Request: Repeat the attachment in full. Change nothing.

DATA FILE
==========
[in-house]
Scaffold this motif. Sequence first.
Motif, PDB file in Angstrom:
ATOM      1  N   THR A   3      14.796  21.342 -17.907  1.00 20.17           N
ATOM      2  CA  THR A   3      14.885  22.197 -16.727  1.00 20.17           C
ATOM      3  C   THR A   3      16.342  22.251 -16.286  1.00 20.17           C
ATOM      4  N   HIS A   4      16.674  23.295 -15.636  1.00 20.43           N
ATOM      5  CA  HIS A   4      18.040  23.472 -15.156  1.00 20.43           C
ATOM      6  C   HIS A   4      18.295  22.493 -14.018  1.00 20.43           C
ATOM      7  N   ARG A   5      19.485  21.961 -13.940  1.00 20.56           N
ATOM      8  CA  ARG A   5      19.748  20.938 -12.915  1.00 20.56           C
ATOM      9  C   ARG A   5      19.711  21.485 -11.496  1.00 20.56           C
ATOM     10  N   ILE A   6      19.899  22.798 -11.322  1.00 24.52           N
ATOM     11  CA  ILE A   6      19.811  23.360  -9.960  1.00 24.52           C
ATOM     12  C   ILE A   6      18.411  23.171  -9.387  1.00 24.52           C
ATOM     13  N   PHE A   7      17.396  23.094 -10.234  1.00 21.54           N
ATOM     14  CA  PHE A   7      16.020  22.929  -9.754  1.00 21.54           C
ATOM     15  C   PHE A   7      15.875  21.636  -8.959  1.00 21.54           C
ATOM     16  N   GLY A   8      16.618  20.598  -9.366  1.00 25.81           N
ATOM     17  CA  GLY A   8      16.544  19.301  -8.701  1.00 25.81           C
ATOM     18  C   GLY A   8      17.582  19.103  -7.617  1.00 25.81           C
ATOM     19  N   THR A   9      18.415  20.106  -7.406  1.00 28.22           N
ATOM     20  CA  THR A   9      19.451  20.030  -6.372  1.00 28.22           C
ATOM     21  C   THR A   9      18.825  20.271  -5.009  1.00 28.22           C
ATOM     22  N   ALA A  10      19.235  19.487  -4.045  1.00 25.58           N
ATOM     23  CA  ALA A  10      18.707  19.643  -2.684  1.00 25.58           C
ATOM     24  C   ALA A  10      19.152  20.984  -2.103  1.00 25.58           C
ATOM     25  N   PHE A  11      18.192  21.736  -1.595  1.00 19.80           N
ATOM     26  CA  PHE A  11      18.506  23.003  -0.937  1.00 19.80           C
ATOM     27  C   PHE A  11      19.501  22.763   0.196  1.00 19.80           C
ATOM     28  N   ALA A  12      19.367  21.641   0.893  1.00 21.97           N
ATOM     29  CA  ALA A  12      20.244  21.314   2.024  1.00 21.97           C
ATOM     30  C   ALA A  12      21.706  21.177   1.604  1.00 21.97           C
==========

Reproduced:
[in-house]
Scaffold this motif. Sequence first.
Motif, PDB file in Angstrom:
ATOM      1  N   THR A   3      14.796  21.342 -17.907  1.00 20.17           N
ATOM      2  CA  THR A   3      14.885  22.197 -16.727  1.00 20.17           C
ATOM      3  C   THR A   3      16.342  22.251 -16.286  1.00 20.17           C
ATOM      4  N   HIS A   4      16.674  23.295 -15.636  1.00 20.43           N
ATOM      5  CA  HIS A   4      18.040  23.472 -15.156  1.00 20.43           C
ATOM      6  C   HIS A   4      18.295  22.493 -14.018  1.00 20.43           C
ATOM      7  N   ARG A   5      19.485  21.961 -13.940  1.00 20.56           N
ATOM      8  CA  ARG A   5      19.748  20.938 -12.915  1.00 20.56           C
ATOM      9  C   ARG A   5      19.711  21.485 -11.496  1.00 20.56           C
ATOM     10  N   ILE A   6      19.899  22.798 -11.322  1.00 24.52           N
ATOM     11  CA  ILE A   6      19.811  23.360  -9.960  1.00 24.52           C
ATOM     12  C   ILE A   6      18.411  23.171  -9.387  1.00 24.52           C
ATOM     13  N   PHE A   7      17.396  23.094 -10.234  1.00 21.54           N
ATOM     14  CA  PHE A   7      16.020  22.929  -9.754  1.00 21.54           C
ATOM     15  C   PHE A   7      15.875  21.636  -8.959  1.00 21.54           C
ATOM     16  N   GLY A   8      16.618  20.598  -9.366  1.00 25.81           N
ATOM     17  CA  GLY A   8      16.544  19.301  -8.701  1.00 25.81           C
ATOM     18  C   GLY A   8      17.582  19.103  -7.617  1.00 25.81           C
ATOM     19  N   THR A   9      18.415  20.106  -7.406  1.00 28.22           N
ATOM     20  CA  THR A   9      19.451  20.030  -6.372  1.00 28.22           C
ATOM     21  C   THR A   9      18.825  20.271  -5.009  1.00 28.22           C
ATOM     22  N   ALA A  10      19.235  19.487  -4.045  1.00 25.58           N
ATOM     23  CA  ALA A  10      18.707  19.643  -2.684  1.00 25.58           C
ATOM     24  C   ALA A  10      19.152  20.984  -2.103  1.00 25.58           C
ATOM     25  N   PHE A  11      18.192  21.736  -1.595  1.00 19.80           N
ATOM     26  CA  PHE A  11      18.506  23.003  -0.937  1.00 19.80           C
ATOM     27  C   PHE A  11      19.501  22.763   0.196  1.00 19.80           C
ATOM     28  N   ALA A  12      19.367  21.641   0.893  1.00 21.97           N
ATOM     29  CA  ALA A  12      20.244  21.314   2.024  1.00 21.97           C
ATOM     30  C   ALA A  12      21.706  21.177   1.604  1.00 21.97           C